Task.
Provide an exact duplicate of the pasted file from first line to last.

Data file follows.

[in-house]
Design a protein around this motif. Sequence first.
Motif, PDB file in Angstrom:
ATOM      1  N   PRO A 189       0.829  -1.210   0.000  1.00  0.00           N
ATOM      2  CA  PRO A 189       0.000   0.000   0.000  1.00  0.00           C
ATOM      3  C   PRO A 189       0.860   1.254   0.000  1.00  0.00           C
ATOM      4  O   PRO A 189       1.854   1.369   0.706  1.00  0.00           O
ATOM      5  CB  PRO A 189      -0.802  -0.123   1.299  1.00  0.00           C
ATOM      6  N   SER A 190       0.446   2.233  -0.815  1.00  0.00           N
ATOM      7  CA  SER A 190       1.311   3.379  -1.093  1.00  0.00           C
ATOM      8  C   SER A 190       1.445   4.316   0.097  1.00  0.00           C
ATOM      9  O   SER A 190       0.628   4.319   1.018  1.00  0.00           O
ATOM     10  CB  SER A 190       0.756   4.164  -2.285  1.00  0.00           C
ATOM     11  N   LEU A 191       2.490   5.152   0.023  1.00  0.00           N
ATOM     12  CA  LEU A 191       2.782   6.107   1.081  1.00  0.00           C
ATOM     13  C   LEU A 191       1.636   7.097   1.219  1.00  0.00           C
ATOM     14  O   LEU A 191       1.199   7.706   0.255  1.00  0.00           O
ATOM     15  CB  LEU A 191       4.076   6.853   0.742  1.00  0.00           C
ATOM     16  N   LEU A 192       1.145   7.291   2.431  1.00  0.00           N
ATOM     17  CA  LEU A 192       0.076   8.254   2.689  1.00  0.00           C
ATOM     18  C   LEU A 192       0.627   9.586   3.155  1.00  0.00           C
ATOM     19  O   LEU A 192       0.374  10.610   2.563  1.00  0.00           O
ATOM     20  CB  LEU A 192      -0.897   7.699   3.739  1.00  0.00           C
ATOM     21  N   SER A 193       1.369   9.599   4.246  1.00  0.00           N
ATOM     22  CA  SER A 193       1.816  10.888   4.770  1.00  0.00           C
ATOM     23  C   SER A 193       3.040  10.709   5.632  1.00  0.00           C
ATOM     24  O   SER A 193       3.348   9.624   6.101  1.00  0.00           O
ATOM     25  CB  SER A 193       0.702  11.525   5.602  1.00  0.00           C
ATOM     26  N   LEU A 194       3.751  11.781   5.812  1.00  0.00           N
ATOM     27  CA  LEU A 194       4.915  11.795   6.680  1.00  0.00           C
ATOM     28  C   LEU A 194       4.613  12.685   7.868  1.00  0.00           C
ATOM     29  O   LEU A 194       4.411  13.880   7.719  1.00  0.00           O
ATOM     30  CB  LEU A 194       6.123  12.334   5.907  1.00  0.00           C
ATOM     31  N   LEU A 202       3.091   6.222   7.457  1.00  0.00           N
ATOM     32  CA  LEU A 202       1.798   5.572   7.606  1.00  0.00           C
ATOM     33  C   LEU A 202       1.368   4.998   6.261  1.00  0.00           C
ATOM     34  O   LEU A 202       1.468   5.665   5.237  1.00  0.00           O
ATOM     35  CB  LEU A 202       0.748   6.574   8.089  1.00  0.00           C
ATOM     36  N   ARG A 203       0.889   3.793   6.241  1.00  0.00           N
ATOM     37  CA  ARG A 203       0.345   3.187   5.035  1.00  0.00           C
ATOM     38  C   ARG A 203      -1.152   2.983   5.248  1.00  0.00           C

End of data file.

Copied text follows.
[in-house]
Design a protein around this motif. Sequence first.
Motif, PDB file in Angstrom:
ATOM      1  N   PRO A 189       0.829  -1.210   0.000  1.00  0.00           N
ATOM      2  CA  PRO A 189       0.000   0.000   0.000  1.00  0.00           C
ATOM      3  C   PRO A 189       0.860   1.254   0.000  1.00  0.00           C
ATOM      4  O   PRO A 189       1.854   1.369   0.706  1.00  0.00           O
ATOM      5  CB  PRO A 189      -0.802  -0.123   1.299  1.00  0.00           C
ATOM      6  N   SER A 190       0.446   2.233  -0.815  1.00  0.00           N
ATOM      7  CA  SER A 190       1.311   3.379  -1.093  1.00  0.00           C
ATOM      8  C   SER A 190       1.445   4.316   0.097  1.00  0.00           C
ATOM      9  O   SER A 190       0.628   4.319   1.018  1.00  0.00           O
ATOM     10  CB  SER A 190       0.756   4.164  -2.285  1.00  0.00           C
ATOM     11  N   LEU A 191       2.490   5.152   0.023  1.00  0.00           N
ATOM     12  CA  LEU A 191       2.782   6.107   1.081  1.00  0.00           C
ATOM     13  C   LEU A 191       1.636   7.097   1.219  1.00  0.00           C
ATOM     14  O   LEU A 191       1.199   7.706   0.255  1.00  0.00           O
ATOM     15  CB  LEU A 191       4.076   6.853   0.742  1.00  0.00           C
ATOM     16  N   LEU A 192       1.145   7.291   2.431  1.00  0.00           N
ATOM     17  CA  LEU A 192       0.076   8.254   2.689  1.00  0.00           C
ATOM     18  C   LEU A 192       0.627   9.586   3.155  1.00  0.00           C
ATOM     19  O   LEU A 192       0.374  10.610   2.563  1.00  0.00           O
ATOM     20  CB  LEU A 192      -0.897   7.699   3.739  1.00  0.00           C
ATOM     21  N   SER A 193       1.369   9.599   4.246  1.00  0.00           N
ATOM     22  CA  SER A 193       1.816  10.888   4.770  1.00  0.00           C
ATOM     23  C   SER A 193       3.040  10.709   5.632  1.00  0.00           C
ATOM     24  O   SER A 193       3.348   9.624   6.101  1.00  0.00           O
ATOM     25  CB  SER A 193       0.702  11.525   5.602  1.00  0.00           C
ATOM     26  N   LEU A 194       3.751  11.781   5.812  1.00  0.00           N
ATOM     27  CA  LEU A 194       4.915  11.795   6.680  1.00  0.00           C
ATOM     28  C   LEU A 194       4.613  12.685   7.868  1.00  0.00           C
ATOM     29  O   LEU A 194       4.411  13.880   7.719  1.00  0.00           O
ATOM     30  CB  LEU A 194       6.123  12.334   5.907  1.00  0.00           C
ATOM     31  N   LEU A 202       3.091   6.222   7.457  1.00  0.00           N
ATOM     32  CA  LEU A 202       1.798   5.572   7.606  1.00  0.00           C
ATOM     33  C   LEU A 202       1.368   4.998   6.261  1.00  0.00           C
ATOM     34  O   LEU A 202       1.468   5.665   5.237  1.00  0.00           O
ATOM     35  CB  LEU A 202       0.748   6.574   8.089  1.00  0.00           C
ATOM     36  N   ARG A 203       0.889   3.793   6.241  1.00  0.00           N
ATOM     37  CA  ARG A 203       0.345   3.187   5.035  1.00  0.00           C
ATOM     38  C   ARG A 203      -1.152   2.983   5.248  1.00  0.00           C